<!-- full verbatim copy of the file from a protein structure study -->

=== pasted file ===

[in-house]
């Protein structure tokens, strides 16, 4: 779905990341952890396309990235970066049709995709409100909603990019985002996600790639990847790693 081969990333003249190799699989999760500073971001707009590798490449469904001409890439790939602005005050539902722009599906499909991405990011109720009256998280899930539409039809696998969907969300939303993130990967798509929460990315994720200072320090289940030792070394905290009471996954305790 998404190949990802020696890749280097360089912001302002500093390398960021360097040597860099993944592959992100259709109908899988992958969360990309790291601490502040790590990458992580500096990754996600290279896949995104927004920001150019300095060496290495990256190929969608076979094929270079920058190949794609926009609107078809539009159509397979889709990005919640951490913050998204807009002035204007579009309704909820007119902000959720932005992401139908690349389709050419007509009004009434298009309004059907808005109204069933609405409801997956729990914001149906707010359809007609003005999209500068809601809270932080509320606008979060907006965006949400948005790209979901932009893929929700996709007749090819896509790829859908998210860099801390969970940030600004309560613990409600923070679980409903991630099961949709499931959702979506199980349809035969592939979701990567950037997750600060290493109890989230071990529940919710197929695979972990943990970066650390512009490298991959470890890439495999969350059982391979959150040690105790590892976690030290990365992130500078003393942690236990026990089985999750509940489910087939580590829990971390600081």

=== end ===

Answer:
[in-house]
């Protein structure tokens, strides 16, 4: 779905990341952890396309990235970066049709995709409100909603990019985002996600790639990847790693 081969990333003249190799699989999760500073971001707009590798490449469904001409890439790939602005005050539902722009599906499909991405990011109720009256998280899930539409039809696998969907969300939303993130990967798509929460990315994720200072320090289940030792070394905290009471996954305790 998404190949990802020696890749280097360089912001302002500093390398960021360097040597860099993944592959992100259709109908899988992958969360990309790291601490502040790590990458992580500096990754996600290279896949995104927004920001150019300095060496290495990256190929969608076979094929270079920058190949794609926009609107078809539009159509397979889709990005919640951490913050998204807009002035204007579009309704909820007119902000959720932005992401139908690349389709050419007509009004009434298009309004059907808005109204069933609405409801997956729990914001149906707010359809007609003005999209500068809601809270932080509320606008979060907006965006949400948005790209979901932009893929929700996709007749090819896509790829859908998210860099801390969970940030600004309560613990409600923070679980409903991630099961949709499931959702979506199980349809035969592939979701990567950037997750600060290493109890989230071990529940919710197929695979972990943990970066650390512009490298991959470890890439495999969350059982391979959150040690105790590892976690030290990365992130500078003393942690236990026990089985999750509940489910087939580590829990971390600081």